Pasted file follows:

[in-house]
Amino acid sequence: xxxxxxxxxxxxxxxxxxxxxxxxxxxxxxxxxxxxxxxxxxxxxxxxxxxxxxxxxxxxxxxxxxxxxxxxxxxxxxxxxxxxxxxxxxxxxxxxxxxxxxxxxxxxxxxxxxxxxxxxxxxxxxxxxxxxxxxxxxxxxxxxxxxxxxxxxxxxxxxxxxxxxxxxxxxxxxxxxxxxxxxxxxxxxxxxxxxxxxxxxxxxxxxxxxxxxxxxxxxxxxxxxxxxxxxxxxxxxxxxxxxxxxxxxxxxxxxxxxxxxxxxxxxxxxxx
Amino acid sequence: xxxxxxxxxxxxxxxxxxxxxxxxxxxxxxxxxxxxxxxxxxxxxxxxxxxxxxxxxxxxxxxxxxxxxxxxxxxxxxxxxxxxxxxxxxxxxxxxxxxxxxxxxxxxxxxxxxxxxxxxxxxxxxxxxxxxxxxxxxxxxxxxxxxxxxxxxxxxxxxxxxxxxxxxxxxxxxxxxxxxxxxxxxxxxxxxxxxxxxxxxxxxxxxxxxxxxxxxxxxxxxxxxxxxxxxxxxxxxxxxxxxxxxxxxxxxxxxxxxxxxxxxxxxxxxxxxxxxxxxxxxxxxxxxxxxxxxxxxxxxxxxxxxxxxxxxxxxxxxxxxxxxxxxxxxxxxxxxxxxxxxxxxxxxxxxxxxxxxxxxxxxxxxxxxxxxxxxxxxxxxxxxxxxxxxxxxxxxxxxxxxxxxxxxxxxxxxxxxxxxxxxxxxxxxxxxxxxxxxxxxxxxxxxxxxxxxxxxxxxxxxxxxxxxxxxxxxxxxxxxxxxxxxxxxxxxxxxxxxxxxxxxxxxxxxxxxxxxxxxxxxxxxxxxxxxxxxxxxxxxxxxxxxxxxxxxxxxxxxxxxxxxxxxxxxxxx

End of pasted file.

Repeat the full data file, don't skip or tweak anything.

[in-house]
Amino acid sequence: xxxxxxxxxxxxxxxxxxxxxxxxxxxxxxxxxxxxxxxxxxxxxxxxxxxxxxxxxxxxxxxxxxxxxxxxxxxxxxxxxxxxxxxxxxxxxxxxxxxxxxxxxxxxxxxxxxxxxxxxxxxxxxxxxxxxxxxxxxxxxxxxxxxxxxxxxxxxxxxxxxxxxxxxxxxxxxxxxxxxxxxxxxxxxxxxxxxxxxxxxxxxxxxxxxxxxxxxxxxxxxxxxxxxxxxxxxxxxxxxxxxxxxxxxxxxxxxxxxxxxxxxxxxxxxxx
Amino acid sequence: xxxxxxxxxxxxxxxxxxxxxxxxxxxxxxxxxxxxxxxxxxxxxxxxxxxxxxxxxxxxxxxxxxxxxxxxxxxxxxxxxxxxxxxxxxxxxxxxxxxxxxxxxxxxxxxxxxxxxxxxxxxxxxxxxxxxxxxxxxxxxxxxxxxxxxxxxxxxxxxxxxxxxxxxxxxxxxxxxxxxxxxxxxxxxxxxxxxxxxxxxxxxxxxxxxxxxxxxxxxxxxxxxxxxxxxxxxxxxxxxxxxxxxxxxxxxxxxxxxxxxxxxxxxxxxxxxxxxxxxxxxxxxxxxxxxxxxxxxxxxxxxxxxxxxxxxxxxxxxxxxxxxxxxxxxxxxxxxxxxxxxxxxxxxxxxxxxxxxxxxxxxxxxxxxxxxxxxxxxxxxxxxxxxxxxxxxxxxxxxxxxxxxxxxxxxxxxxxxxxxxxxxxxxxxxxxxxxxxxxxxxxxxxxxxxxxxxxxxxxxxxxxxxxxxxxxxxxxxxxxxxxxxxxxxxxxxxxxxxxxxxxxxxxxxxxxxxxxxxxxxxxxxxxxxxxxxxxxxxxxxxxxxxxxxxxxxxxxxxxxxxxxxxxxxxxxx